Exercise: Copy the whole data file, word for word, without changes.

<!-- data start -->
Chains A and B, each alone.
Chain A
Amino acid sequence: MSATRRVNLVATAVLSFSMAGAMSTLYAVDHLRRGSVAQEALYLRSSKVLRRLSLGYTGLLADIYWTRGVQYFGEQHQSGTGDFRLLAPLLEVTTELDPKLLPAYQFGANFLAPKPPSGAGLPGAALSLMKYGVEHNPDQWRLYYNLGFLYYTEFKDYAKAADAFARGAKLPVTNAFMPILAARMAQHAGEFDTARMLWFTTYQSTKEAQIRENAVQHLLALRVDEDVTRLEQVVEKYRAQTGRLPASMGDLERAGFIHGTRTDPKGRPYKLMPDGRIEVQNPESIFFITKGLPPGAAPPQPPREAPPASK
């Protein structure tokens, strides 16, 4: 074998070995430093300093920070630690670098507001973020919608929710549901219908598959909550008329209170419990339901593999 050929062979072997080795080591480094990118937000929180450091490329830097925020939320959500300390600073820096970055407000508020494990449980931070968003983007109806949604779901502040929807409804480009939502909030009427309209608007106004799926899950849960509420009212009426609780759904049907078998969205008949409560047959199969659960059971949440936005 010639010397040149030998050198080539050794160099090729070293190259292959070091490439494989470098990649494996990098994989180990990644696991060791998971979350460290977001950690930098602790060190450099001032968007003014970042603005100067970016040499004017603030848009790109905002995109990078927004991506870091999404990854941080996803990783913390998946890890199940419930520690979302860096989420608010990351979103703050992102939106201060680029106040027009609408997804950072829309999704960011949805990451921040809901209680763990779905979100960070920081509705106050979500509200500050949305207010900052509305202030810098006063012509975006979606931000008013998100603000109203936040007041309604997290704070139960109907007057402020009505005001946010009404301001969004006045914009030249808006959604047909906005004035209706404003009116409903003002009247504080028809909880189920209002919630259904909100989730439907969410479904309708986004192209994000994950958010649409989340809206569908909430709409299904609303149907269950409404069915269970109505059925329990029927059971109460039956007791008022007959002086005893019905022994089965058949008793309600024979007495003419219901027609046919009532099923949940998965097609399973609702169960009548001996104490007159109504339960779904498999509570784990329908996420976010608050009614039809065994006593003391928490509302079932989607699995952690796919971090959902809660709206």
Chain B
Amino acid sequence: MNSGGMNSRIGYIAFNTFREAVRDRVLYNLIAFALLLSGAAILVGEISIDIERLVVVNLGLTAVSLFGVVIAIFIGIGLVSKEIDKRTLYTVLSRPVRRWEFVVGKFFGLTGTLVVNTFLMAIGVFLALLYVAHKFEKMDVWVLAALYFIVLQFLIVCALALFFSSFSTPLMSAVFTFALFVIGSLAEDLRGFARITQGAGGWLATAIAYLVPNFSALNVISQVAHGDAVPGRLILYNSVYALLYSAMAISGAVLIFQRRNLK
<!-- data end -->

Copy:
Chains A and B, each alone.
Chain A
Amino acid sequence: MSATRRVNLVATAVLSFSMAGAMSTLYAVDHLRRGSVAQEALYLRSSKVLRRLSLGYTGLLADIYWTRGVQYFGEQHQSGTGDFRLLAPLLEVTTELDPKLLPAYQFGANFLAPKPPSGAGLPGAALSLMKYGVEHNPDQWRLYYNLGFLYYTEFKDYAKAADAFARGAKLPVTNAFMPILAARMAQHAGEFDTARMLWFTTYQSTKEAQIRENAVQHLLALRVDEDVTRLEQVVEKYRAQTGRLPASMGDLERAGFIHGTRTDPKGRPYKLMPDGRIEVQNPESIFFITKGLPPGAAPPQPPREAPPASK
């Protein structure tokens, strides 16, 4: 074998070995430093300093920070630690670098507001973020919608929710549901219908598959909550008329209170419990339901593999 050929062979072997080795080591480094990118937000929180450091490329830097925020939320959500300390600073820096970055407000508020494990449980931070968003983007109806949604779901502040929807409804480009939502909030009427309209608007106004799926899950849960509420009212009426609780759904049907078998969205008949409560047959199969659960059971949440936005 010639010397040149030998050198080539050794160099090729070293190259292959070091490439494989470098990649494996990098994989180990990644696991060791998971979350460290977001950690930098602790060190450099001032968007003014970042603005100067970016040499004017603030848009790109905002995109990078927004991506870091999404990854941080996803990783913390998946890890199940419930520690979302860096989420608010990351979103703050992102939106201060680029106040027009609408997804950072829309999704960011949805990451921040809901209680763990779905979100960070920081509705106050979500509200500050949305207010900052509305202030810098006063012509975006979606931000008013998100603000109203936040007041309604997290704070139960109907007057402020009505005001946010009404301001969004006045914009030249808006959604047909906005004035209706404003009116409903003002009247504080028809909880189920209002919630259904909100989730439907969410479904309708986004192209994000994950958010649409989340809206569908909430709409299904609303149907269950409404069915269970109505059925329990029927059971109460039956007791008022007959002086005893019905022994089965058949008793309600024979007495003419219901027609046919009532099923949940998965097609399973609702169960009548001996104490007159109504339960779904498999509570784990329908996420976010608050009614039809065994006593003391928490509302079932989607699995952690796919971090959902809660709206």
Chain B
Amino acid sequence: MNSGGMNSRIGYIAFNTFREAVRDRVLYNLIAFALLLSGAAILVGEISIDIERLVVVNLGLTAVSLFGVVIAIFIGIGLVSKEIDKRTLYTVLSRPVRRWEFVVGKFFGLTGTLVVNTFLMAIGVFLALLYVAHKFEKMDVWVLAALYFIVLQFLIVCALALFFSSFSTPLMSAVFTFALFVIGSLAEDLRGFARITQGAGGWLATAIAYLVPNFSALNVISQVAHGDAVPGRLILYNSVYALLYSAMAISGAVLIFQRRNLK